Today is Rare Disease Day 2018. Celebrated on the last day of February every year, Rare Disease Day aims to raise awareness about rare diseases and their impact on patients’ lives around the world.
A disease is defined as rare in Europe when it affects fewer than 1 in 2000 people, and is defined as rare in the US when it affects fewer than 200,000 people. With almost 7,000 known rare diseases, it is important for the general public and government bodies and decision-makers to have an understanding of what living with a rare disease entails.
A lack of scientific knowledge and quality information on rare diseases often results in either a delay in diagnosis or a misdiagnosis. Once a disease is correctly identified, heavy social and financial burdens, as well as diversity in symptoms among patients, can create difficulties in accessing effective treatments. The rarity of these conditions also makes it difficult to ensure that experts and researchers are well connected to enable patients to benefit from pooled resources across borders.
Rare Disease Day was launched by EURORDIS in 2008 to give rare disease patients a platform to come together and educate the wider population on these issues. It started as a European initiative, but has since become a worldwide phenomenon, with 94 countries participating in some capacity in 2017.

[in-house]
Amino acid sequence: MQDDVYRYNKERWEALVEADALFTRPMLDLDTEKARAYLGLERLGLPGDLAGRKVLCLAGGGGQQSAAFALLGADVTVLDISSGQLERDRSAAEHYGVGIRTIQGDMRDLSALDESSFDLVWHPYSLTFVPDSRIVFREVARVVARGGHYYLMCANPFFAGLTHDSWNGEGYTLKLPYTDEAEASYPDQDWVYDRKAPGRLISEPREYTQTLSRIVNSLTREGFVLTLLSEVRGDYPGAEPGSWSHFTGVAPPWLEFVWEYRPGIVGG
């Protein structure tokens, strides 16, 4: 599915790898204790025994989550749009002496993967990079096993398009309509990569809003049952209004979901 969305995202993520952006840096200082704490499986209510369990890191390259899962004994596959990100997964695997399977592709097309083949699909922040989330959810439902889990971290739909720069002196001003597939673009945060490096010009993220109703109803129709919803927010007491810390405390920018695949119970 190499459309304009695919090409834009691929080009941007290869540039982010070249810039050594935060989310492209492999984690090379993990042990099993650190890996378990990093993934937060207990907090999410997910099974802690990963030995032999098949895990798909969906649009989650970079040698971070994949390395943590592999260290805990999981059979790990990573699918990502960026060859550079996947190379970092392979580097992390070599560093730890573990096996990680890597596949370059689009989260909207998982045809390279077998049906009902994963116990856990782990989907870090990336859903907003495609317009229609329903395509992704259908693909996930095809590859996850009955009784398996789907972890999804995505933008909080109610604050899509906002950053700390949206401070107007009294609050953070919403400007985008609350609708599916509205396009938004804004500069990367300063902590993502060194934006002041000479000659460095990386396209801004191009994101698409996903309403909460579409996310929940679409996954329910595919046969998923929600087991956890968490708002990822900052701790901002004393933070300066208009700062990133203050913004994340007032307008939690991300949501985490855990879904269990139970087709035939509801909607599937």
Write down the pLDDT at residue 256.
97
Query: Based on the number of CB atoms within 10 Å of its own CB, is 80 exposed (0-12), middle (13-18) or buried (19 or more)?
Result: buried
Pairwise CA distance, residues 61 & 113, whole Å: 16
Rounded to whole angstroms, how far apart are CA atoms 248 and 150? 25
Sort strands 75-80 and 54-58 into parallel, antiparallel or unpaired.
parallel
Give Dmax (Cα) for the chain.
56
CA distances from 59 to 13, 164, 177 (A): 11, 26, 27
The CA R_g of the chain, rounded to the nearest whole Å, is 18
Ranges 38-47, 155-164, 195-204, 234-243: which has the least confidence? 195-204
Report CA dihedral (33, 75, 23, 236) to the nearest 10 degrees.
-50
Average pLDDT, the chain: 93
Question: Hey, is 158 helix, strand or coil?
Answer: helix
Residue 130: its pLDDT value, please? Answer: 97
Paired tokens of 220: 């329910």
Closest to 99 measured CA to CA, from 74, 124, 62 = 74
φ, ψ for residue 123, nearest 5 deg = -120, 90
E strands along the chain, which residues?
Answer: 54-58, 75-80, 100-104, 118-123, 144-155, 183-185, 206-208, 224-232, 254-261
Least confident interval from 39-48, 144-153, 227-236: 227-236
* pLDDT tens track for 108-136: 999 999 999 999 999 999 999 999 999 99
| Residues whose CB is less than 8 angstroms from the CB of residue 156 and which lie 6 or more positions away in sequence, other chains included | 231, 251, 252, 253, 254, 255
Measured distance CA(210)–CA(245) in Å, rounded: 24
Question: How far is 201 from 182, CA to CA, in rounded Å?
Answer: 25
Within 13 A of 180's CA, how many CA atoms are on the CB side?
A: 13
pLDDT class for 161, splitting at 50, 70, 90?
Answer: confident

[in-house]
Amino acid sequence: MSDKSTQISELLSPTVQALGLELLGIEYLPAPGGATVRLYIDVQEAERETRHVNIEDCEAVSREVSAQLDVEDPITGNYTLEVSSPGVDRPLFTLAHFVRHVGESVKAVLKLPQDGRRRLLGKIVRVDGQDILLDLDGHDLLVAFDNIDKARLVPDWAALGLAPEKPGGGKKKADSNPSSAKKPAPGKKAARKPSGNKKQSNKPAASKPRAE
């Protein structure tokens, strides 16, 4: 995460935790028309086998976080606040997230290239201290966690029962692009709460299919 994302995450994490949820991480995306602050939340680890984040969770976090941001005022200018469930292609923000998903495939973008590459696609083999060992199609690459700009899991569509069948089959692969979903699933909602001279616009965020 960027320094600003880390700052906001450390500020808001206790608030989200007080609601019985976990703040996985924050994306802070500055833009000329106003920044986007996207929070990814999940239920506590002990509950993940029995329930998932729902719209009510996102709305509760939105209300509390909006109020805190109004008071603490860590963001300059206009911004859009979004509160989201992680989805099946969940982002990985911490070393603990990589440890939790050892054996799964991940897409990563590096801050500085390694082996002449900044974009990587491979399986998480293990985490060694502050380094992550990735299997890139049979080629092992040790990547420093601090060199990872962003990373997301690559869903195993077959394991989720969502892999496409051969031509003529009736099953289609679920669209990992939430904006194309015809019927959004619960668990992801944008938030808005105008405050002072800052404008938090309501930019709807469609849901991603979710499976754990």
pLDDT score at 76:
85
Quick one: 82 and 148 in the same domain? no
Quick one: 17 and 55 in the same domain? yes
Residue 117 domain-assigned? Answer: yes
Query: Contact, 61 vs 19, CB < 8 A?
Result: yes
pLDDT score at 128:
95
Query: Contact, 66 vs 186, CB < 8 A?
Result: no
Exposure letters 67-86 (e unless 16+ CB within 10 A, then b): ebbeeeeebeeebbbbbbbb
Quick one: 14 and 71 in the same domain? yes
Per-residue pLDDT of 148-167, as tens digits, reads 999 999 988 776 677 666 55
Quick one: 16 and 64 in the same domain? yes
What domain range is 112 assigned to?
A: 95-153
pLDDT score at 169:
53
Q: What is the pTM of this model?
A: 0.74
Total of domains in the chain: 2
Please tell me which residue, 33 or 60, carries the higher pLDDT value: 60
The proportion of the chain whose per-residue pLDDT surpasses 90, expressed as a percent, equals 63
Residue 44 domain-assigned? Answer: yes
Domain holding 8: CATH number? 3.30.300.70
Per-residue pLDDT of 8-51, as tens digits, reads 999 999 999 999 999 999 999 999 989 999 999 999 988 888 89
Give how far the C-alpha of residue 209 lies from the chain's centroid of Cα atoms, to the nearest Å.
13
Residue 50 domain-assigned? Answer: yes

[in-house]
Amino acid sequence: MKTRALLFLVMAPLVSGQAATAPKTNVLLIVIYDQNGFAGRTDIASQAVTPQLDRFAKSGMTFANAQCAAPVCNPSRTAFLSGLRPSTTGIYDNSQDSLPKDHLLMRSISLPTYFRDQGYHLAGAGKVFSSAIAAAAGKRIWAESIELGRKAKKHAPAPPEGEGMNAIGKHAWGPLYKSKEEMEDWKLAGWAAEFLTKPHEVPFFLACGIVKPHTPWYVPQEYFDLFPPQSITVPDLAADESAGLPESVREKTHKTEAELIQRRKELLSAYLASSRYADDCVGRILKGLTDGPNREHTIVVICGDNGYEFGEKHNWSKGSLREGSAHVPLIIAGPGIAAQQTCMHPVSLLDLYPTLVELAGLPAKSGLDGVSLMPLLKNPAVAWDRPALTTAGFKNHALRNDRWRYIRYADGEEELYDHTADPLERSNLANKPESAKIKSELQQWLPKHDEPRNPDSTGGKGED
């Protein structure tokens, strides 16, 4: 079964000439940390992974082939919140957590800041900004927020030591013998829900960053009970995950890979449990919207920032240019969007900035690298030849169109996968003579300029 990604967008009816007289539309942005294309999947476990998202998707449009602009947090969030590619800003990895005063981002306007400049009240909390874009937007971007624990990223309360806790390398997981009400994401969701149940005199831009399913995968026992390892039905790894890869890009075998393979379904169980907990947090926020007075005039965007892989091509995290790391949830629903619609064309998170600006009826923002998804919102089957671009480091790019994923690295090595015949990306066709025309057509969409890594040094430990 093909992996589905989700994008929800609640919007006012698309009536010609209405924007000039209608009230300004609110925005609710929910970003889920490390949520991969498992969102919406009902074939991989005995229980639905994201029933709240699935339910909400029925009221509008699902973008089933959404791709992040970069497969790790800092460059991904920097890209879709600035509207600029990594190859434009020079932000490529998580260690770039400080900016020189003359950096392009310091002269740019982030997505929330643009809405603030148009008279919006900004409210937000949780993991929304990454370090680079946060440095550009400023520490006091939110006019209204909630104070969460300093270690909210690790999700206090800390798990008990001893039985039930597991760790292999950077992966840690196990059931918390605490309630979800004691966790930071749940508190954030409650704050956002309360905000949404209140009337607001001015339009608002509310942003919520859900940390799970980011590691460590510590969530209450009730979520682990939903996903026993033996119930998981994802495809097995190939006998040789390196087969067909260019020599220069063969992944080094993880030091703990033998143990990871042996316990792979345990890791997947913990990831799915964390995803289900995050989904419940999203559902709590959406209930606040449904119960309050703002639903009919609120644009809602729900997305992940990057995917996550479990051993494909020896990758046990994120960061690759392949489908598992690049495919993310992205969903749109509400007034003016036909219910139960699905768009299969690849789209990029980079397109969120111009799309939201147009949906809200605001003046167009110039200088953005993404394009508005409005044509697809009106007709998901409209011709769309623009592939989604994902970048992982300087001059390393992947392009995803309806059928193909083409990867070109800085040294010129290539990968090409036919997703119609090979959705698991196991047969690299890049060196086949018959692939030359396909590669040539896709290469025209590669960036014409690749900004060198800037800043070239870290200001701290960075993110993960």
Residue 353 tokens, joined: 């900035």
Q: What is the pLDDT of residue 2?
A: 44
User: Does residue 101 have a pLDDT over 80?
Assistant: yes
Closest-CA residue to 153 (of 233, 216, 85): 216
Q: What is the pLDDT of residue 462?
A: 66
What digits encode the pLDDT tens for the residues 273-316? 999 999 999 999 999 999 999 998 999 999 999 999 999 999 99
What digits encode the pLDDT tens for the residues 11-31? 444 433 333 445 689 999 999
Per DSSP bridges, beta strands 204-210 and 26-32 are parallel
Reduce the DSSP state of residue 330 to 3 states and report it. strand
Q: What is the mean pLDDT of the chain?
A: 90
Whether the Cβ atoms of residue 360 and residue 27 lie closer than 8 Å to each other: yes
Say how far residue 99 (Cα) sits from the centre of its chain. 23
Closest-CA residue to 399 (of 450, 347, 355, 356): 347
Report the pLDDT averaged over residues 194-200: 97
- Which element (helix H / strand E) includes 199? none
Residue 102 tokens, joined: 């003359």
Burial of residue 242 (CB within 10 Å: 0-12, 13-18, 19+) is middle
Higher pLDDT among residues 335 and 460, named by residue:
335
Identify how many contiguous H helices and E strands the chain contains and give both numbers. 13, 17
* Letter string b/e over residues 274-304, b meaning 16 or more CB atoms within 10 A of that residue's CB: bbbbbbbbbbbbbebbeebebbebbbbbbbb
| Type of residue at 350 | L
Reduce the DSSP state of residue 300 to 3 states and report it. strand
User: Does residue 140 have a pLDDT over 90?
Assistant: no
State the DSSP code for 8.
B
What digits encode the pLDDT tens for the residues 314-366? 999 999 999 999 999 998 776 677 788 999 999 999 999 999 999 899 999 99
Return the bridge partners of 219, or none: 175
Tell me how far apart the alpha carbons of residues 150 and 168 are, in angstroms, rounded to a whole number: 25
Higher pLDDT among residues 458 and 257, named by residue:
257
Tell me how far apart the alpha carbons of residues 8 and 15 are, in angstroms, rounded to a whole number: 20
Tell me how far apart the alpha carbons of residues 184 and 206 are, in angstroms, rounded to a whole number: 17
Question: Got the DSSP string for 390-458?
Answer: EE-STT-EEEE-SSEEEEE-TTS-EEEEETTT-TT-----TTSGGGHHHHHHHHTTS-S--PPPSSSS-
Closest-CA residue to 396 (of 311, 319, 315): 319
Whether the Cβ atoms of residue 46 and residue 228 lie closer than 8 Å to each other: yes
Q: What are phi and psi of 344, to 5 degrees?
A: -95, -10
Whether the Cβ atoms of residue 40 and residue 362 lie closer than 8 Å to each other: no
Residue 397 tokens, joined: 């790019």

The events on, and leading up to, this day are organized primarily by patient advocacy organizations. Groups operating on a regional, national, or international scale are all encouraged to get involved, resulting in a huge deal of media coverage.
Events this year will include television and radio awareness campaigns in Algeria, a Rare Disease March in Austria, educational seminars for doctors, directors and nurses in hospitals across Peru, a story sharing slam about what it’s like to work with rare diseases in Sweden, a sponsored 7-mile run in India, and an all-inclusive online music campaign in the US.
To find out more about events being held in your country, visit the Rare Disease Day website.